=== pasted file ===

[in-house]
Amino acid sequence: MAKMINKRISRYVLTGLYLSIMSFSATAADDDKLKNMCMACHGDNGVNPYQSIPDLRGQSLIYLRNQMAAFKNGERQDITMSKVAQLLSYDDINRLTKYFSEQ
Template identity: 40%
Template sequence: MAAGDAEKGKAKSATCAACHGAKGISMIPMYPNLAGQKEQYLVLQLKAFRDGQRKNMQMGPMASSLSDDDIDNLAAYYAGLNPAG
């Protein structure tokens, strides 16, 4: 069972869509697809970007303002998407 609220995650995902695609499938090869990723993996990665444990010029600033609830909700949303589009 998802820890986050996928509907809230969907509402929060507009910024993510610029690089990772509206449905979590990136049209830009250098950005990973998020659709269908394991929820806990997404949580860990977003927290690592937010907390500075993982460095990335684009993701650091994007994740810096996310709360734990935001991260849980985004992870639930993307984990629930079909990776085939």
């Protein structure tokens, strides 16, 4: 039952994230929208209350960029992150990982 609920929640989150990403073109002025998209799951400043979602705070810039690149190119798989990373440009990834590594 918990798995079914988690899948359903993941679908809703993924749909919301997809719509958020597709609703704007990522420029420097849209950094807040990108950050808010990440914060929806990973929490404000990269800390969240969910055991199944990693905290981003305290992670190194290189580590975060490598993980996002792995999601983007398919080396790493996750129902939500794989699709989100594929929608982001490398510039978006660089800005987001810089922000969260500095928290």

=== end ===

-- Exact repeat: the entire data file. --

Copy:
[in-house]
Amino acid sequence: MAKMINKRISRYVLTGLYLSIMSFSATAADDDKLKNMCMACHGDNGVNPYQSIPDLRGQSLIYLRNQMAAFKNGERQDITMSKVAQLLSYDDINRLTKYFSEQ
Template identity: 40%
Template sequence: MAAGDAEKGKAKSATCAACHGAKGISMIPMYPNLAGQKEQYLVLQLKAFRDGQRKNMQMGPMASSLSDDDIDNLAAYYAGLNPAG
């Protein structure tokens, strides 16, 4: 069972869509697809970007303002998407 609220995650995902695609499938090869990723993996990665444990010029600033609830909700949303589009 998802820890986050996928509907809230969907509402929060507009910024993510610029690089990772509206449905979590990136049209830009250098950005990973998020659709269908394991929820806990997404949580860990977003927290690592937010907390500075993982460095990335684009993701650091994007994740810096996310709360734990935001991260849980985004992870639930993307984990629930079909990776085939």
């Protein structure tokens, strides 16, 4: 039952994230929208209350960029992150990982 609920929640989150990403073109002025998209799951400043979602705070810039690149190119798989990373440009990834590594 918990798995079914988690899948359903993941679908809703993924749909919301997809719509958020597709609703704007990522420029420097849209950094807040990108950050808010990440914060929806990973929490404000990269800390969240969910055991199944990693905290981003305290992670190194290189580590975060490598993980996002792995999601983007398919080396790493996750129902939500794989699709989100594929929608982001490398510039978006660089800005987001810089922000969260500095928290």